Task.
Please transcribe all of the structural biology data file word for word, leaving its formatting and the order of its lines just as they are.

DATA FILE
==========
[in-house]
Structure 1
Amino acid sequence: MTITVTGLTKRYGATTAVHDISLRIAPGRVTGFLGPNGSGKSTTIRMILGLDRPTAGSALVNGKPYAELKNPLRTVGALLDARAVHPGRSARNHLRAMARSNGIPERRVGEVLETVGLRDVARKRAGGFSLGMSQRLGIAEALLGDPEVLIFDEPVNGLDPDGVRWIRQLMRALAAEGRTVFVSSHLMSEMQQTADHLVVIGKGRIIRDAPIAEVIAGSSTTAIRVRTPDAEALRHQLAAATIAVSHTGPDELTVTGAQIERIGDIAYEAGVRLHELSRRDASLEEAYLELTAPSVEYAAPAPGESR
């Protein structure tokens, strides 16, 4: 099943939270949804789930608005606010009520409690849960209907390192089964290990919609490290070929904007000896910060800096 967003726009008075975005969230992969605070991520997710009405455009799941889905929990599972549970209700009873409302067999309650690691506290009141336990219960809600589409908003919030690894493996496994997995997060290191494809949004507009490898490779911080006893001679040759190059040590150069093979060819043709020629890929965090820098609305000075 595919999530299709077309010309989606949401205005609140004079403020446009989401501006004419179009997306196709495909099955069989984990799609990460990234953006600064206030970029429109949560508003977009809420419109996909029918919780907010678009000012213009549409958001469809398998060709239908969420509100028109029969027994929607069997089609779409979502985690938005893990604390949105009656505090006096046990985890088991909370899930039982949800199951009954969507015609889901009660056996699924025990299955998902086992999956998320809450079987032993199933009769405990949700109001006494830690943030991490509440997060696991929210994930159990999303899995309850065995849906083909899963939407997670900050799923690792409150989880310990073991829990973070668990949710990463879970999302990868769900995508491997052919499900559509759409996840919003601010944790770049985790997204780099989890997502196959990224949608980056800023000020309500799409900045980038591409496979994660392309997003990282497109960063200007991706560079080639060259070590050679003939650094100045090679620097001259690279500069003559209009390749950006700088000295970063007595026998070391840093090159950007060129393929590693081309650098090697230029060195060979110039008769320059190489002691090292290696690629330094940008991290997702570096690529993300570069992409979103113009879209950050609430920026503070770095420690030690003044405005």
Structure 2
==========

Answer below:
[in-house]
Structure 1
Amino acid sequence: MTITVTGLTKRYGATTAVHDISLRIAPGRVTGFLGPNGSGKSTTIRMILGLDRPTAGSALVNGKPYAELKNPLRTVGALLDARAVHPGRSARNHLRAMARSNGIPERRVGEVLETVGLRDVARKRAGGFSLGMSQRLGIAEALLGDPEVLIFDEPVNGLDPDGVRWIRQLMRALAAEGRTVFVSSHLMSEMQQTADHLVVIGKGRIIRDAPIAEVIAGSSTTAIRVRTPDAEALRHQLAAATIAVSHTGPDELTVTGAQIERIGDIAYEAGVRLHELSRRDASLEEAYLELTAPSVEYAAPAPGESR
């Protein structure tokens, strides 16, 4: 099943939270949804789930608005606010009520409690849960209907390192089964290990919609490290070929904007000896910060800096 967003726009008075975005969230992969605070991520997710009405455009799941889905929990599972549970209700009873409302067999309650690691506290009141336990219960809600589409908003919030690894493996496994997995997060290191494809949004507009490898490779911080006893001679040759190059040590150069093979060819043709020629890929965090820098609305000075 595919999530299709077309010309989606949401205005609140004079403020446009989401501006004419179009997306196709495909099955069989984990799609990460990234953006600064206030970029429109949560508003977009809420419109996909029918919780907010678009000012213009549409958001469809398998060709239908969420509100028109029969027994929607069997089609779409979502985690938005893990604390949105009656505090006096046990985890088991909370899930039982949800199951009954969507015609889901009660056996699924025990299955998902086992999956998320809450079987032993199933009769405990949700109001006494830690943030991490509440997060696991929210994930159990999303899995309850065995849906083909899963939407997670900050799923690792409150989880310990073991829990973070668990949710990463879970999302990868769900995508491997052919499900559509759409996840919003601010944790770049985790997204780099989890997502196959990224949608980056800023000020309500799409900045980038591409496979994660392309997003990282497109960063200007991706560079080639060259070590050679003939650094100045090679620097001259690279500069003559209009390749950006700088000295970063007595026998070391840093090159950007060129393929590693081309650098090697230029060195060979110039008769320059190489002691090292290696690629330094940008991290997702570096690529993300570069992409979103113009879209950050609430920026503070770095420690030690003044405005």
Structure 2